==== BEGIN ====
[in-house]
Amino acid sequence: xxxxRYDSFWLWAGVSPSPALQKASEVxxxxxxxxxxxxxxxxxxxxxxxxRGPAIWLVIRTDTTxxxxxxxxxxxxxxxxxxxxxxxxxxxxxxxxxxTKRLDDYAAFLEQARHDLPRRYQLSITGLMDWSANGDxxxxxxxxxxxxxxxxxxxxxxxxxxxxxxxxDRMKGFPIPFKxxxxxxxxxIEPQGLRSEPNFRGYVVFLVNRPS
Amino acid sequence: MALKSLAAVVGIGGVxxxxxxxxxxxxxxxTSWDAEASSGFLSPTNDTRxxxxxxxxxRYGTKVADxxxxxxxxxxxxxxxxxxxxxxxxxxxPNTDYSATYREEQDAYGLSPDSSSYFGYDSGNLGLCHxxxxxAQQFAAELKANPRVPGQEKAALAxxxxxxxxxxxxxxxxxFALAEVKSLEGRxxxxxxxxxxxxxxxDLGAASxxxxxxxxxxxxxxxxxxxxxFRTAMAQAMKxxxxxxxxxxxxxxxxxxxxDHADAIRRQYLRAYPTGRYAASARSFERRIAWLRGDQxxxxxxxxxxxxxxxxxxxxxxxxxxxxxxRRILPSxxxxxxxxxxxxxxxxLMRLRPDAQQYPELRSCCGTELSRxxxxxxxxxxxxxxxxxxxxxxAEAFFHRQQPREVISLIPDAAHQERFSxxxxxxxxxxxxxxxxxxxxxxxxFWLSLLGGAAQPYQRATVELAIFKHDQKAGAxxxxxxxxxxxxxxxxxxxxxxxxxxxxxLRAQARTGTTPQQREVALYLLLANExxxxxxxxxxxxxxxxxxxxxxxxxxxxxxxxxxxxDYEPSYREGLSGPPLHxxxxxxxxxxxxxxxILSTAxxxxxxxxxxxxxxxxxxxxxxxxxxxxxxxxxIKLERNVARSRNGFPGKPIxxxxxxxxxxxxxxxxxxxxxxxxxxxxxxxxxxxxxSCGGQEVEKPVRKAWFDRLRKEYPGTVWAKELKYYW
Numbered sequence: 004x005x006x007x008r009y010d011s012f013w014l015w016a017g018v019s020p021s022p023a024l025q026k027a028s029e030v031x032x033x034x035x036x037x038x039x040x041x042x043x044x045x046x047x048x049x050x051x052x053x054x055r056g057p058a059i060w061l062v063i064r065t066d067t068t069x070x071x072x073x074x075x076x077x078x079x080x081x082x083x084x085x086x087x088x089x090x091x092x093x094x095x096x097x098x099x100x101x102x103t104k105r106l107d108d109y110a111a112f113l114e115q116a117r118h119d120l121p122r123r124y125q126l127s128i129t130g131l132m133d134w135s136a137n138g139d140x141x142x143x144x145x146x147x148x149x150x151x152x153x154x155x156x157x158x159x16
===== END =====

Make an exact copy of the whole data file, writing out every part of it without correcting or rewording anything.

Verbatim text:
[in-house]
Amino acid sequence: xxxxRYDSFWLWAGVSPSPALQKASEVxxxxxxxxxxxxxxxxxxxxxxxxRGPAIWLVIRTDTTxxxxxxxxxxxxxxxxxxxxxxxxxxxxxxxxxxTKRLDDYAAFLEQARHDLPRRYQLSITGLMDWSANGDxxxxxxxxxxxxxxxxxxxxxxxxxxxxxxxxDRMKGFPIPFKxxxxxxxxxIEPQGLRSEPNFRGYVVFLVNRPS
Amino acid sequence: MALKSLAAVVGIGGVxxxxxxxxxxxxxxxTSWDAEASSGFLSPTNDTRxxxxxxxxxRYGTKVADxxxxxxxxxxxxxxxxxxxxxxxxxxxPNTDYSATYREEQDAYGLSPDSSSYFGYDSGNLGLCHxxxxxAQQFAAELKANPRVPGQEKAALAxxxxxxxxxxxxxxxxxFALAEVKSLEGRxxxxxxxxxxxxxxxDLGAASxxxxxxxxxxxxxxxxxxxxxFRTAMAQAMKxxxxxxxxxxxxxxxxxxxxDHADAIRRQYLRAYPTGRYAASARSFERRIAWLRGDQxxxxxxxxxxxxxxxxxxxxxxxxxxxxxxRRILPSxxxxxxxxxxxxxxxxLMRLRPDAQQYPELRSCCGTELSRxxxxxxxxxxxxxxxxxxxxxxAEAFFHRQQPREVISLIPDAAHQERFSxxxxxxxxxxxxxxxxxxxxxxxxFWLSLLGGAAQPYQRATVELAIFKHDQKAGAxxxxxxxxxxxxxxxxxxxxxxxxxxxxxLRAQARTGTTPQQREVALYLLLANExxxxxxxxxxxxxxxxxxxxxxxxxxxxxxxxxxxxDYEPSYREGLSGPPLHxxxxxxxxxxxxxxxILSTAxxxxxxxxxxxxxxxxxxxxxxxxxxxxxxxxxIKLERNVARSRNGFPGKPIxxxxxxxxxxxxxxxxxxxxxxxxxxxxxxxxxxxxxSCGGQEVEKPVRKAWFDRLRKEYPGTVWAKELKYYW
Numbered sequence: 004x005x006x007x008r009y010d011s012f013w014l015w016a017g018v019s020p021s022p023a024l025q026k027a028s029e030v031x032x033x034x035x036x037x038x039x040x041x042x043x044x045x046x047x048x049x050x051x052x053x054x055r056g057p058a059i060w061l062v063i064r065t066d067t068t069x070x071x072x073x074x075x076x077x078x079x080x081x082x083x084x085x086x087x088x089x090x091x092x093x094x095x096x097x098x099x100x101x102x103t104k105r106l107d108d109y110a111a112f113l114e115q116a117r118h119d120l121p122r123r124y125q126l127s128i129t130g131l132m133d134w135s136a137n138g139d140x141x142x143x144x145x146x147x148x149x150x151x152x153x154x155x156x157x158x159x16